Passage provides the new Congress with a legislative victory after a series of stumbles in the early weeks of Republican control. The House voted 270-152, as Democrats joined most Republicans to approve the bill, following similar bipartisan passage by the Senate.
Republican leaders from both chambers celebrated the hard-fought achievement in a ceremonial room in the Capitol on Wednesday, and dared Obama to defy environmental advocates pushing him to kill the project.
"Instead of listening to the people, the president's standing with a bunch of left fringe extremists and anarchists," House Speaker John A. Boehner (R-Ohio) said before Wednesday's vote. "The president needs to listen to the American people and say, 'Yes, let's build the Keystone pipeline.'"
Obama has already vowed to veto the bill. The measure would effectively allow Congress to bypass his authority to approve or reject the project. The administration prefers to allow the ongoing State Department review to be completed before Obama makes a final decision.
Congress does not appear to have the votes to override a presidential veto, even though 29 Democrats in the House and nine in the Senate joined most Republicans in supporting passage.
The $8-billion pipeline would haul oil from the tar sands of Alberta, Canada, through the American heartland to Nebraska, for eventual delivery to the Gulf Coast.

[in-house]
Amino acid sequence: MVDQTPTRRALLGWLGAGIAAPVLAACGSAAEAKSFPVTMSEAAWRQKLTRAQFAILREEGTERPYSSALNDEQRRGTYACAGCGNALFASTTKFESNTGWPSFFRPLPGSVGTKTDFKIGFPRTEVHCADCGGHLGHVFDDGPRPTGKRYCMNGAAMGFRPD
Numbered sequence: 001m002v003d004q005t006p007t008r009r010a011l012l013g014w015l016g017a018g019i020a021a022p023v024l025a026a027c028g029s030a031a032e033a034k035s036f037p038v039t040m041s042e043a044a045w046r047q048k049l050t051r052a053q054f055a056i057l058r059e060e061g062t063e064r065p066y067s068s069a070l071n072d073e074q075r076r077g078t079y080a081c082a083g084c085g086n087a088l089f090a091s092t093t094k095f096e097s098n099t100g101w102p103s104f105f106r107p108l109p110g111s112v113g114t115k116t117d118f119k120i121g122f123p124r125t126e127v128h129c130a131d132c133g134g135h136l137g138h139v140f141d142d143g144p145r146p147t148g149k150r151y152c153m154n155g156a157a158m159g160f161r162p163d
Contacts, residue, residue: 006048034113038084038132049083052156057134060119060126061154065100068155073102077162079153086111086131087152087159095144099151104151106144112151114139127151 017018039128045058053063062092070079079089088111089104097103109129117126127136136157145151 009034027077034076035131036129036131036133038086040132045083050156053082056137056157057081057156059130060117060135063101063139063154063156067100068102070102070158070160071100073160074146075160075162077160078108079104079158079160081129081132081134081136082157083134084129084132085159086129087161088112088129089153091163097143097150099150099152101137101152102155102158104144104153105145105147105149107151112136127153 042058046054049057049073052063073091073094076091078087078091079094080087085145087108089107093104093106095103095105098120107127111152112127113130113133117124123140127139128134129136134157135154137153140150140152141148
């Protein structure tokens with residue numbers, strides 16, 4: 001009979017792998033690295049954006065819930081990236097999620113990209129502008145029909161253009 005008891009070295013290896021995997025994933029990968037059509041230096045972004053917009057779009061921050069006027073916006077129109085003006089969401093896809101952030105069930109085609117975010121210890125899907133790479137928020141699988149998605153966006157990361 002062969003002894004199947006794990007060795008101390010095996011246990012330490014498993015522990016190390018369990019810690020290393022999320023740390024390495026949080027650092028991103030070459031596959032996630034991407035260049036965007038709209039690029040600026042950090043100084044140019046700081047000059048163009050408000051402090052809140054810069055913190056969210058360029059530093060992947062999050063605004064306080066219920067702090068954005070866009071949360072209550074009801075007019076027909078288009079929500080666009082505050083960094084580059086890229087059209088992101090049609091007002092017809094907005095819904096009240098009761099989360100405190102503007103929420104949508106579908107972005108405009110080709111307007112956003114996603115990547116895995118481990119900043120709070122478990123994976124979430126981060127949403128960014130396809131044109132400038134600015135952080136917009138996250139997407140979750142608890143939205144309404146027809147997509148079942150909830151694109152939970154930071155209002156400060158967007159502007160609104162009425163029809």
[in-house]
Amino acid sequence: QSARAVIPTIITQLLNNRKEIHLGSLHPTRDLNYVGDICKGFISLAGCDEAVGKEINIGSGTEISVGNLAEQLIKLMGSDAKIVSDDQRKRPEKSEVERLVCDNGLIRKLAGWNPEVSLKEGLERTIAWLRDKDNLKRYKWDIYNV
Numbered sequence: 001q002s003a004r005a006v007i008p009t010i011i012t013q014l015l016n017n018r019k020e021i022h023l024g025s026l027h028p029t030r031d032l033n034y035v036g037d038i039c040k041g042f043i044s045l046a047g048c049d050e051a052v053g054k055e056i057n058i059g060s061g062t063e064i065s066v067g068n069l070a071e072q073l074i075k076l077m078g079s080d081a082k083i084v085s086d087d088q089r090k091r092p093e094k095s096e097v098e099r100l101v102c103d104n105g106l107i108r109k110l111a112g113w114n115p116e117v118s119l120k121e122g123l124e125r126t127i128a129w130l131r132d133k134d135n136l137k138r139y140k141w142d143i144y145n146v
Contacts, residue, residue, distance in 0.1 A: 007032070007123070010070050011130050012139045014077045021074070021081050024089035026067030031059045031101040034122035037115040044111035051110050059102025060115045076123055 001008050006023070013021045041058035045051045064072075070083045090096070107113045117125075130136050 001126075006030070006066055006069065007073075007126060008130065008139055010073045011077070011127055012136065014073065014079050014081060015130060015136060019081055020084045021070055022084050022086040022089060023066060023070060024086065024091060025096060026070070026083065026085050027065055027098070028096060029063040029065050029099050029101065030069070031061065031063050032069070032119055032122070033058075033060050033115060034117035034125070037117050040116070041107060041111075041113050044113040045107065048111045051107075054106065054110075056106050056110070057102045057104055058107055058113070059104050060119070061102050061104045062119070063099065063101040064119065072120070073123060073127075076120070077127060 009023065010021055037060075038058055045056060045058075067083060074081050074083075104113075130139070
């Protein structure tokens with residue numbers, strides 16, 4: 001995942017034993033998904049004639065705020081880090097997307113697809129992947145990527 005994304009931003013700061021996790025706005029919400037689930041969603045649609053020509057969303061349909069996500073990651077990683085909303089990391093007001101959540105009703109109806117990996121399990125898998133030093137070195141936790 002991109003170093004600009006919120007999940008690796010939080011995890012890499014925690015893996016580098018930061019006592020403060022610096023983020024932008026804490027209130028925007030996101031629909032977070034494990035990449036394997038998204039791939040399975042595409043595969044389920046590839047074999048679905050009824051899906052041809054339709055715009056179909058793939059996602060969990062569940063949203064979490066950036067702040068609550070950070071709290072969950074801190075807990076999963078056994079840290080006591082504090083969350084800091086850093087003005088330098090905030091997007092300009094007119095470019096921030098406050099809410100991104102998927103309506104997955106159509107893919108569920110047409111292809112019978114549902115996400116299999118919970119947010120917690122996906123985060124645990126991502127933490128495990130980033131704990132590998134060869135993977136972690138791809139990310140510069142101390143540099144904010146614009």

Supporters call it a jobs bill that will unleash new energy resources and 42,000 construction and related jobs.
But a State Department review showed the number of permanent jobs would drop to just 35 once the line is operating.
"There is no reason to continue to stall this project," said Rep. Jeff Denham (R-Turlock), who called it the "safest pipeline ever."
Opponents worry the new infrastructure will only increase global oil dependence, worsen climate change and pose environmental risks.
As oil prices have plummeted, some analysts have questioned whether the project pencils out.
But Congress has pressed forward, and the legislation became a crucial early test for the new Republican majority, which made passage of the Keystone legislation a top priority.
After initial approval in the House in January, the pipeline bill got bogged down in the Senate after Majority Leader Mitch McConnell promised a free-wheeling debate as part of his commitment to running an open Senate.
Three weeks and nearly 50 amendment votes later, the Senate approved the measure -- but only after Democrats succeeded in tacking on a couple of changes that sent the bill back to the House.
One amendment put Congress on record agreeing that “climate change is real and not a hoax” -- a provision designed to embarrass some Republicans who have questioned the causes of global warming. The House had to accept the change.
"That is tremendous progress for the Republican side," said Rep. Pete DeFazio (D-Ore.) during the House debate Wednesday, even as he said he would oppose the Keystone bill.
The Senate rejected, however, a similar amendment that would have declared a link between human activity and climate change.
The bill is not expected to land on the president's desk any time soon.
Congress is expected to mark the bill's passage with a ceremony later this week, and send it to the White House at the end of the month, after lawmakers return from their weeklong break.
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